All We Know of Heaven
by Mitchard, Jacquelyn






When Maureen and Bridget, two sixteen-year-old best friends who look like sisters, are in a terrible car accident and one of them dies, they are at first incorrectly identified at the hospital, and then, as Maureen achieves a remarkable recovery, she must deal with the repercussions of the accident, the mix-up, and some choices she made while she was getting better.





Both 16, Bridget and Maureen, best friends and neighbors in small-town Minnesota, look a lot alike, and when Maureen's car crashes and the driver dies, everyone assumes that Maureen has been killed and it's Bridget who lingers in a coma. Later, however, dental records prove that it's Maureen who has survived, and Bridget's family and boyfriend must suddenly cope with their grief, while Maureen's family joyfully helps her through the months of recovery. The situation may be highly dramatic, but details seem to overwhelm the story-along with minutiae of Maureen's brain injury, therapy, and recovery, come the emotions of the family members who find themselves suddenly in mourning. There's also Maureen's relationship with Danny (kind, wise, and totally gorgeous), with whom she has sex. Give this to readers who like descriptive stories; they'll relish the specifics and be caught up by the tabloid drama, as well as by the survivor guilt that makes Maureen feel as if she's being punished for living. Copyright 2008 Booklist Reviews.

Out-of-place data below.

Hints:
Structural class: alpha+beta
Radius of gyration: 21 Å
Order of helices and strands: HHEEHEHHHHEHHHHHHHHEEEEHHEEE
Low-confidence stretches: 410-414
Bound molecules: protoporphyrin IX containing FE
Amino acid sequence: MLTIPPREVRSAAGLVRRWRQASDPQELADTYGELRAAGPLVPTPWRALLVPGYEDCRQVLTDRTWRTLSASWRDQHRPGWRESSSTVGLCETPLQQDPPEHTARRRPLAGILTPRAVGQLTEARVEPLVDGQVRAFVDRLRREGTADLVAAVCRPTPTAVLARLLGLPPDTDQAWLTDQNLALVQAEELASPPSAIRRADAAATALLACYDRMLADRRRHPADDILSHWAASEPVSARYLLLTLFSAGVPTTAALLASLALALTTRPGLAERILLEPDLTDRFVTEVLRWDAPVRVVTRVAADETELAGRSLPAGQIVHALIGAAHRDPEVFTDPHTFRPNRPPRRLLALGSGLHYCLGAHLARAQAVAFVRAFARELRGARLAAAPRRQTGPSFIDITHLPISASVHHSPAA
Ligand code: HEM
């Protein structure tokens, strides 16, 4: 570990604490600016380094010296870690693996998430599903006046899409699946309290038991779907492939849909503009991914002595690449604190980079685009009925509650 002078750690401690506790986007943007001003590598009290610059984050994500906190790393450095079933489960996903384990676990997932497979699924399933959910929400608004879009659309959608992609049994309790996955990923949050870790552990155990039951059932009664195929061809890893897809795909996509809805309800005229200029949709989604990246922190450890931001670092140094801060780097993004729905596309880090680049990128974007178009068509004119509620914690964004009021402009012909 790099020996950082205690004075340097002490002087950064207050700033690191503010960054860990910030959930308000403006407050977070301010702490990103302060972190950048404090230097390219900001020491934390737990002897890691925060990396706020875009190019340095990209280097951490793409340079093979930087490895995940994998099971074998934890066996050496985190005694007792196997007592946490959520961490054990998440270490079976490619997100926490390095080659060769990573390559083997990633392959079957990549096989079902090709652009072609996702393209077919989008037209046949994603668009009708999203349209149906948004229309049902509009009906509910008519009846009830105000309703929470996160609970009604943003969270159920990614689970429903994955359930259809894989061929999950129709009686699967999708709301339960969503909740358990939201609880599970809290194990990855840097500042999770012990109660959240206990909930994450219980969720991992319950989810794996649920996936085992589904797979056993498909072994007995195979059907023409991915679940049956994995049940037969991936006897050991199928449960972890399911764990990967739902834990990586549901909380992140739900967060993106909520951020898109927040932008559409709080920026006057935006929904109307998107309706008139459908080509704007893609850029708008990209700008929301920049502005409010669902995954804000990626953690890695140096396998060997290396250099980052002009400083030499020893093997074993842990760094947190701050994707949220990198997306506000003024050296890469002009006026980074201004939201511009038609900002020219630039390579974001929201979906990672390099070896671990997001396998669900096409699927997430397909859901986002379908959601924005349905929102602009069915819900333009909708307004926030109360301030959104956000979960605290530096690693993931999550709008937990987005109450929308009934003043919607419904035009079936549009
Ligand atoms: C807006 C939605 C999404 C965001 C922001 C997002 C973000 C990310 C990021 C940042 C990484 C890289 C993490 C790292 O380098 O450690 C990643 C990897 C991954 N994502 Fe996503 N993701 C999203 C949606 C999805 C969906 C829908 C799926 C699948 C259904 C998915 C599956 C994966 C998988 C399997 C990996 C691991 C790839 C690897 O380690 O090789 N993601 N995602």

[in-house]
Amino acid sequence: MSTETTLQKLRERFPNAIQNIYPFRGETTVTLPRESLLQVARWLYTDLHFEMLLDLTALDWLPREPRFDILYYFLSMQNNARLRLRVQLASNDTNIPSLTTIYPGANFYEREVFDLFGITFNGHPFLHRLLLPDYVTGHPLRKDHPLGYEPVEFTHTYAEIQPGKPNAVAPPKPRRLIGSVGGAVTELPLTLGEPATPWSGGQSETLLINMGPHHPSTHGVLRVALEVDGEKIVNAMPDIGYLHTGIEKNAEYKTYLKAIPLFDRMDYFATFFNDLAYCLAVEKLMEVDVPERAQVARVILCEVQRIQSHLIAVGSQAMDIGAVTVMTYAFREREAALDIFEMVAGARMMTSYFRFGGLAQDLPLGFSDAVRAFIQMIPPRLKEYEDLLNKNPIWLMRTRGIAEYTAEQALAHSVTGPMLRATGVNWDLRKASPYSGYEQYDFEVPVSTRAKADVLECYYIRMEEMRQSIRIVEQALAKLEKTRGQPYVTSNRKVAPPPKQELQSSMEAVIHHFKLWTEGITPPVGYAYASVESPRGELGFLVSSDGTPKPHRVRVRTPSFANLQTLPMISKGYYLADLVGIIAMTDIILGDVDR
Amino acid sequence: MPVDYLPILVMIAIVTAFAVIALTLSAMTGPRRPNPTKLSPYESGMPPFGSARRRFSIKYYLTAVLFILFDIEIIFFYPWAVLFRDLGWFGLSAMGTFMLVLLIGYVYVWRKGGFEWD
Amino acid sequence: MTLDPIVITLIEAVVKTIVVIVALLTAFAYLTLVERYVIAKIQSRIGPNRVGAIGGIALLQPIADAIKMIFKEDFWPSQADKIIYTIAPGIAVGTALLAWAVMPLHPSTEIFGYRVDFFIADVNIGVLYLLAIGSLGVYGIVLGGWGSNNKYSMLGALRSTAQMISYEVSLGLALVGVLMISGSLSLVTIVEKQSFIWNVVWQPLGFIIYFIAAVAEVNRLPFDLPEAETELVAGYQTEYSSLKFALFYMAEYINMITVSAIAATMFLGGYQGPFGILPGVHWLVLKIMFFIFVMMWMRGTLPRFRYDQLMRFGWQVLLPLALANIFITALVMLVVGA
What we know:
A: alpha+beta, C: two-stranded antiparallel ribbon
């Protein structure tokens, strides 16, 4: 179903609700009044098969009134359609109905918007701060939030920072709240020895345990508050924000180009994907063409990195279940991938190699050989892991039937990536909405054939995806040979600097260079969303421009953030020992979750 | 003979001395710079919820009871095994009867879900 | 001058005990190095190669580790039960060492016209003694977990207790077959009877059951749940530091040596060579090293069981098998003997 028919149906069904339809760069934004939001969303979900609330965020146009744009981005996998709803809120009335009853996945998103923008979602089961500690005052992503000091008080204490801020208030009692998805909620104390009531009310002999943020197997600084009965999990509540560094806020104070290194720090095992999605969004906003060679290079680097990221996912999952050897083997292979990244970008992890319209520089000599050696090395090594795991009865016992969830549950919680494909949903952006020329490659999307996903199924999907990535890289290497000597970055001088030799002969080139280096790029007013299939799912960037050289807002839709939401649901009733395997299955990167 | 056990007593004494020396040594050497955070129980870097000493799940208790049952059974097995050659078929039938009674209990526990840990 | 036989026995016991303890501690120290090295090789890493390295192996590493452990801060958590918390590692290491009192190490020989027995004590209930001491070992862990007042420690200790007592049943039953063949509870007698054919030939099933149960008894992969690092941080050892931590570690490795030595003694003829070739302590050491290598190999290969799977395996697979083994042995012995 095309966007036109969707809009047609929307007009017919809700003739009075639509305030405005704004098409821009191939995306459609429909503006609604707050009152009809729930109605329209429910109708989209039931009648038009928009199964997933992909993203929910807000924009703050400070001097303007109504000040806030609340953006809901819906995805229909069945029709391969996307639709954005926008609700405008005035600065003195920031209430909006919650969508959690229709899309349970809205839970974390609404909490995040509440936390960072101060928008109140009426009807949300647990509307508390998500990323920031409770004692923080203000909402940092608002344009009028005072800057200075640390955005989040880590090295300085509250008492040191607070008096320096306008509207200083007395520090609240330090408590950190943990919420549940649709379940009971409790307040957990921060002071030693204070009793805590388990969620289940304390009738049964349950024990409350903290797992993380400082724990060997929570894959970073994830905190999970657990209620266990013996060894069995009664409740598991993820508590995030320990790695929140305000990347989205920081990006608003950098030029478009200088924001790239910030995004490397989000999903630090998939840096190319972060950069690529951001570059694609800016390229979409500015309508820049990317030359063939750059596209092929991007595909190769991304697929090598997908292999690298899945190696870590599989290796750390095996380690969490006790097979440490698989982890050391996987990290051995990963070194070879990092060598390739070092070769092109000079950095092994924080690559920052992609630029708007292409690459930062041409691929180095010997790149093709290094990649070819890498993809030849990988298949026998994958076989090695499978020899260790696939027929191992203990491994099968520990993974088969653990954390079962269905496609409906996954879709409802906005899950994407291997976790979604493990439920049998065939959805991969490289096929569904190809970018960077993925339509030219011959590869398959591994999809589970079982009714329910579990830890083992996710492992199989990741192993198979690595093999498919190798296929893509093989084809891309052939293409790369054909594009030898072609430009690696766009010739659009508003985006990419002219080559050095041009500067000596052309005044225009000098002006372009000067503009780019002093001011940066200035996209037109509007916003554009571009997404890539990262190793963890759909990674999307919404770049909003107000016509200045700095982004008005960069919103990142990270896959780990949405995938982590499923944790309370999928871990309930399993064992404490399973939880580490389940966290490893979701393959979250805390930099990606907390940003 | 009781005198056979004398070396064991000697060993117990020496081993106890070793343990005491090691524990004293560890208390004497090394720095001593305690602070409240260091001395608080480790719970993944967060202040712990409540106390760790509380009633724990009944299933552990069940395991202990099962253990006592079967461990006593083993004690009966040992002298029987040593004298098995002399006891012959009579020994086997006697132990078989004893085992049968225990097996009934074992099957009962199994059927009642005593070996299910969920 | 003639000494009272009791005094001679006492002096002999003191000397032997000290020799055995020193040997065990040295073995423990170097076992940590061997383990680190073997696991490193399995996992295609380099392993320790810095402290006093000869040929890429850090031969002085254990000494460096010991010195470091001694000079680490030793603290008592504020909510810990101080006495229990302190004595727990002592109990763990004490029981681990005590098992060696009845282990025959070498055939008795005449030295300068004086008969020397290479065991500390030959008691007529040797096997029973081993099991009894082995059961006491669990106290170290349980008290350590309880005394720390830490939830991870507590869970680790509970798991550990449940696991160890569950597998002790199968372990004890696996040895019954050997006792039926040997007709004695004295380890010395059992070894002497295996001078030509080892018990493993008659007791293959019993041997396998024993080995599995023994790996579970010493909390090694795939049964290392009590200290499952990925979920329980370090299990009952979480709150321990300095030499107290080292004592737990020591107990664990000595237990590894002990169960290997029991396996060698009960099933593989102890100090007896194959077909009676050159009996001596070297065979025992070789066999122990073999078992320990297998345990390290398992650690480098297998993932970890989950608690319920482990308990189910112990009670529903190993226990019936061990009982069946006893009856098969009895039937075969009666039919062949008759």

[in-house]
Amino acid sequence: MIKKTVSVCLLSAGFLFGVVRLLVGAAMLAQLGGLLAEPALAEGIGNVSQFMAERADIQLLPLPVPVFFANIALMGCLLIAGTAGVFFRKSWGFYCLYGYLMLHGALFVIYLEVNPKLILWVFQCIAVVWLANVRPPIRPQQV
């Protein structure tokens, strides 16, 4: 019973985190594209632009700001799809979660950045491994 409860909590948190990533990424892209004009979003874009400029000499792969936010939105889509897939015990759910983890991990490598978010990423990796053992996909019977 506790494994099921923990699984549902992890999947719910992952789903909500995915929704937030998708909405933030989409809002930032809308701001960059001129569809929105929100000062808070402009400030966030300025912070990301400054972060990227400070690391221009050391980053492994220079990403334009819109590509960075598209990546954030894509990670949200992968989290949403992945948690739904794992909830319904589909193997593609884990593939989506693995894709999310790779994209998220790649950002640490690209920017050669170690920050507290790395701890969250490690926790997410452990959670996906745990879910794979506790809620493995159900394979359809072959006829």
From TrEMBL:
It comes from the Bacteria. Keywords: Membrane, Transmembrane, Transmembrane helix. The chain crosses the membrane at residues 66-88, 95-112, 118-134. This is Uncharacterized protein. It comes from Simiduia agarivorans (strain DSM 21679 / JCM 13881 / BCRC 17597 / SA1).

Mitchard tugs at readers' hearts with a teen novel about death, a stunning miracle and love lost then gained. Best friends Bridget Flannery and Maureen O'Malley are in a horrific car crash. One of the girls is dead. The O'Malley family is told it was Maureen and they bury their "daughter." The other girl lingers in a life-threatening coma and is thought to be Bridget. Because they had the same height and hair color, hospital workers have innocently switched the victims' identities. When the actual Maureen emerges from her coma six weeks later, grief and joy explode for both families. Patterned after the true 2006 incident of Whitney Cerak and Laura VanRyn, Mitchard's work has the markings of a page-turning tear-jerker. However, after a riveting opening 80 pages, the story begins to flatline. Too much of the novel's plot is spent on Bridget's former boyfriend, Danny Carmody, who switches his interest from a dead to a living girl by dating Maureen. The depiction of two families dealing with survivor guilt is this story's strength. (Fiction. YA) Copyright Kirkus 2008 Kirkus/BPI Communications. All rights reserved.






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